Over the weekend, Cornell hosted the East Coast Asian American Student Union conference — the largest Asian American conference in the East Coast. Overall, it was a notable weekend: Asian Tinder was absolutely on fire, Duffield radiated with the smell of food from the homeland and Buzzfeed’s sweetheart Steven Lim graced campus with his wholesome presence. It was inspiring and uplifting to see so many Asian American students from all over the country discuss ever-relevant issues in the Asian American and Pacific Islander community.
During my freshman year, Eddie Huang of VICE Munchies and Fresh Off the Boat fame came to Cornell to talk about food, media and everything Asian American. Unabashed in his opinions on racial politics and embraced by viewers of all colors, he represented what I believed to be the best of what a new generation of Asian Americans has to offer. So during the Q&A segment, I sheepishly took the mic asked him something along the lines of: “how will we ever be a part of the dominant American culture if we stay into our ‘Asian bubbles?’” I don’t remember all of what he said, but I distinctly remember him prefacing his remarks with “I clench every time I speak because I know someone might ask me this question.” It’s a topic that’s fraught with delicate nuance, but one that is essential to understanding the role of Asians in the American social schema.
For those unfamiliar with the “Asian bubble,” let me explain. I went to a California Bay Area prep school where my graduating class was comprised of a majority of East and South Asian students, which meant two things: we had a phenomenal STEM program and we had to spend at least ten minutes to get through the “C” and “W” last names during graduation. For the most part, it was like any other high school experience. Every year, guys would devise unoriginal and painfully awkward ways to ask girls to prom, underclassmen would flock to friends who recently received their driver’s licenses, and sleep-deprived students would doze off in the back of first period A.P. Bio. However, there were comforts that came along with sharing a heritage: mutual struggle under a culture of high expectations, a shared propensity for bubble tea, and implicit understanding that you better take your shoes off when you come into my house.
The data shows that Asian Americans don’t self-segregate more than any other ethnic group in their time in college. Nor is it a sociological revelation that people tend to stick to other people from similar backgrounds. However, as a racialized group, we go through our own individual set of systemic racial barriers that are almost entirely unique to our demographic. Statistically speaking, if you are an Asian American student at Cornell, you are likely to have come from a middle or upper class family that immigrated to the United States in the past several decades. Therefore, we fall in this hazy limbo between socioeconomic advantage and social disadvantage that allows us access to some avenues of white America while blocking others. These realities manifest themselves in the everyday lives of every Asian American student in the country.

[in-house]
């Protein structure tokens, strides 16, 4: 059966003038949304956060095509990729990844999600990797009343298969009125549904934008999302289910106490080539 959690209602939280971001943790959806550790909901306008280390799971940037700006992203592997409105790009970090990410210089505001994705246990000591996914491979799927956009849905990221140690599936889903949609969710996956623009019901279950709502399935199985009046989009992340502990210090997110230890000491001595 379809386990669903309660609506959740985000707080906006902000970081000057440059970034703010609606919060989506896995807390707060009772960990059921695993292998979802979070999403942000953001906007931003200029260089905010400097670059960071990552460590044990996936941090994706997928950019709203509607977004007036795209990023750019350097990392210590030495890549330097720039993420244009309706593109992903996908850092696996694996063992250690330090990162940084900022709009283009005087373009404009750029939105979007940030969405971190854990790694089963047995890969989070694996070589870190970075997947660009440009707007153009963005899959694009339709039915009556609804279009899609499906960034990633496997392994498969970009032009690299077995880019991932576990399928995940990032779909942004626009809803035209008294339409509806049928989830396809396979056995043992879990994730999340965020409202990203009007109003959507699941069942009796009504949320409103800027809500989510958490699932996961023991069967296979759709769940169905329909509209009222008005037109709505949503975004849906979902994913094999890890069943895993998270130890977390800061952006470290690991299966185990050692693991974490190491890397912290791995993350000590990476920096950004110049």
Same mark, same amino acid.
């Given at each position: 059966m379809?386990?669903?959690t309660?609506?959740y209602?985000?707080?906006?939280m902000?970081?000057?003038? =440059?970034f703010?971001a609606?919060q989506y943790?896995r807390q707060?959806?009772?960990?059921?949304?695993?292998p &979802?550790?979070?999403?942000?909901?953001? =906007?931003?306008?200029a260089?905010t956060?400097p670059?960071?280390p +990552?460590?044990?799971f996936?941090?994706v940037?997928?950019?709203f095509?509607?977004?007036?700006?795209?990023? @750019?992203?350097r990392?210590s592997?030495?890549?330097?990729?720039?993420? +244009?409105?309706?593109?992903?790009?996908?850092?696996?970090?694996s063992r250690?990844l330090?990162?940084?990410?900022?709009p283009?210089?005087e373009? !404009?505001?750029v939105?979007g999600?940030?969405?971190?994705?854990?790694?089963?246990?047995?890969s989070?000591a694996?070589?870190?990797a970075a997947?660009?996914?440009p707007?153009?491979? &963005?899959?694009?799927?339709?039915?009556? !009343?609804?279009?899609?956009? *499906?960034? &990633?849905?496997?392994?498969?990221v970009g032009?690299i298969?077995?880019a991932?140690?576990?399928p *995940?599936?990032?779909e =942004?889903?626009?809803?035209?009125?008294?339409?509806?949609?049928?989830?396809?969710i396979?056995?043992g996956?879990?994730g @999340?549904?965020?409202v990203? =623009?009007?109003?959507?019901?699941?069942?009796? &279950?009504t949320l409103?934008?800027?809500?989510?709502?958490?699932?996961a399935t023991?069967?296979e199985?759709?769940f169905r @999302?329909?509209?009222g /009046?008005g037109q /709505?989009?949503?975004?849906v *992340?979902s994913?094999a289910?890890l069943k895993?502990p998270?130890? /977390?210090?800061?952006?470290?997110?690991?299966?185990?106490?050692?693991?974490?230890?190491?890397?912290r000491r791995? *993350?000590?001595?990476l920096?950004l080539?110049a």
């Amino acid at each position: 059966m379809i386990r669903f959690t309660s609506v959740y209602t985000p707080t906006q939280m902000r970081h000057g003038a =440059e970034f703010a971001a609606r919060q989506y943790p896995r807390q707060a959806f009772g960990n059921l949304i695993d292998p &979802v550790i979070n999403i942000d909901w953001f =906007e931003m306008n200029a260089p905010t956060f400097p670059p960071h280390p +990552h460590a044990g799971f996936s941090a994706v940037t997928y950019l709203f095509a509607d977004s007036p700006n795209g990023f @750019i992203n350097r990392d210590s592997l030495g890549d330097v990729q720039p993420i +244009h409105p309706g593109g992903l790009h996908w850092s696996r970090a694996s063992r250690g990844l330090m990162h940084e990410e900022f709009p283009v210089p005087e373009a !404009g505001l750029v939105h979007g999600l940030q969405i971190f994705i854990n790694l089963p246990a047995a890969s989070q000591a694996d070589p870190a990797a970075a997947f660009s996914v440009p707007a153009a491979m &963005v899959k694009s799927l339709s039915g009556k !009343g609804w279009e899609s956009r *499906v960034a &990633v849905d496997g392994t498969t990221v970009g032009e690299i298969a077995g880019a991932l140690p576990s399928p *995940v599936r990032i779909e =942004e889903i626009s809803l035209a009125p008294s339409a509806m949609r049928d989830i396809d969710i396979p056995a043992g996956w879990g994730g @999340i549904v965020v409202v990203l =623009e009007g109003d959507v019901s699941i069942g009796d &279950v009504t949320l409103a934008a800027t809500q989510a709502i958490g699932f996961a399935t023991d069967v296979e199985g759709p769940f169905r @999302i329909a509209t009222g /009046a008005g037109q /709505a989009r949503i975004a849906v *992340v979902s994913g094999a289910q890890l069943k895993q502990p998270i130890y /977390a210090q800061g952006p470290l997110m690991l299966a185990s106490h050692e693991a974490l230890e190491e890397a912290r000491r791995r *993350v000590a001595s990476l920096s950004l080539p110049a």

For instance, take Greek life. Most Asian students in IFC and Panhellenic have at one point or another discussed with each other the invisible racism of rush week. When you are Asian and you rush a house, you can’t help but look at generations of white faces on composites and feel like an outsider. Or when that house you thought you clicked so well with never calls back, you can’t help but feel that it’s because you’re not cool enough or that you don’t fit in. You’re not only “not a fit for the house,” but you are also not welcome into the bigger social circle dictated by generations of institutional racism.
This is why the existence of Asian American interest fraternities are so important. If you Google “Asian fraternities Cornell,” one of the top searches is a College Confidential thread from 2011, in which one commenter posted, “I personally do not understand why Asians want to join Asian frat/sorority. Why should race come into play when making friends?” This narrative is one that I’ve heard from several people, but it is completely ignorant to the societal realities of Asian Americans on college campuses. The reason Asian American interest fraternities and the Asian bubble exists is because it is only once we remove ourselves from historically white and patriarchal institutions that we can escape the racialization of our people. In the Asian bubble, we find comfort in knowing that we are free from judgement and condescension.
In retrospect, the issue with my question for Eddie Huang was that it was founded on the assumption that our goal as Asian Americans is to assimilate into the dominant white culture. Instead, the Asian bubble is its own cultural sphere, one in which our mutual struggles and interests are pushed to the forefront. The Asian bubble should not be dismissed, but rather celebrated. Furthermore, I believe it is fundamentally flawed to tell people who they should and shouldn’t surround themselves with. And admittedly, I am not the most well-versed in the literature or the issues of the Asian American and Pacific Islander community. However, there is one thing I have absolutely no tolerance for: the self-effacing Asian Americans who drunkenly chime along to “ching chong” jokes with non-Asian friends. We’ve all seen it, and those who participate are cowards whose insecurities make them complicit in a system of disenfranchisement. The reason why organizations like ECAASU are so important is that it is only through collective consciousness that we can transcend stereotypes and dictate our own American narrative.
Jason Jeong is a junior in the College of Arts and Sciences. He can be reached at email@example.com. Jeongism appears alternate Wednesdays this semester.